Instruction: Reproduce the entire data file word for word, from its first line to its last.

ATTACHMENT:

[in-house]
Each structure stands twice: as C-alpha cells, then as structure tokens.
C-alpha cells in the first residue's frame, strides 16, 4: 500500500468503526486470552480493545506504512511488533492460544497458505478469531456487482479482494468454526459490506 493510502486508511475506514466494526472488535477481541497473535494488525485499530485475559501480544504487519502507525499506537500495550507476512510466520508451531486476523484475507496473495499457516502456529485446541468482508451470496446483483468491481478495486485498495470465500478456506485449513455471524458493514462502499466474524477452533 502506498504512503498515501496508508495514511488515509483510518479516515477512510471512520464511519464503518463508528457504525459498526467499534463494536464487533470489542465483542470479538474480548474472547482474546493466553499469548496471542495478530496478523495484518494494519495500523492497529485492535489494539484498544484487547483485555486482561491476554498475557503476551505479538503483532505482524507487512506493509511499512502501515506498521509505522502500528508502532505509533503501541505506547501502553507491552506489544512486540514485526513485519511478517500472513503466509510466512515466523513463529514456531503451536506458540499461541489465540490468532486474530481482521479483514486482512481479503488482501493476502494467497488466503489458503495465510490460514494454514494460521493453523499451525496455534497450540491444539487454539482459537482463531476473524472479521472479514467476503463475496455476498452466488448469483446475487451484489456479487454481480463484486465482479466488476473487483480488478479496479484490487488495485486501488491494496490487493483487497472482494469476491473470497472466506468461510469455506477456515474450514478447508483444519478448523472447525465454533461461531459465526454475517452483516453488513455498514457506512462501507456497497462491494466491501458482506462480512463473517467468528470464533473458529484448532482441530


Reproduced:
[in-house]
Each structure stands twice: as C-alpha cells, then as structure tokens.
C-alpha cells in the first residue's frame, strides 16, 4: 500500500468503526486470552480493545506504512511488533492460544497458505478469531456487482479482494468454526459490506 493510502486508511475506514466494526472488535477481541497473535494488525485499530485475559501480544504487519502507525499506537500495550507476512510466520508451531486476523484475507496473495499457516502456529485446541468482508451470496446483483468491481478495486485498495470465500478456506485449513455471524458493514462502499466474524477452533 502506498504512503498515501496508508495514511488515509483510518479516515477512510471512520464511519464503518463508528457504525459498526467499534463494536464487533470489542465483542470479538474480548474472547482474546493466553499469548496471542495478530496478523495484518494494519495500523492497529485492535489494539484498544484487547483485555486482561491476554498475557503476551505479538503483532505482524507487512506493509511499512502501515506498521509505522502500528508502532505509533503501541505506547501502553507491552506489544512486540514485526513485519511478517500472513503466509510466512515466523513463529514456531503451536506458540499461541489465540490468532486474530481482521479483514486482512481479503488482501493476502494467497488466503489458503495465510490460514494454514494460521493453523499451525496455534497450540491444539487454539482459537482463531476473524472479521472479514467476503463475496455476498452466488448469483446475487451484489456479487454481480463484486465482479466488476473487483480488478479496479484490487488495485486501488491494496490487493483487497472482494469476491473470497472466506468461510469455506477456515474450514478447508483444519478448523472447525465454533461461531459465526454475517452483516453488513455498514457506512462501507456497497462491494466491501458482506462480512463473517467468528470464533473458529484448532482441530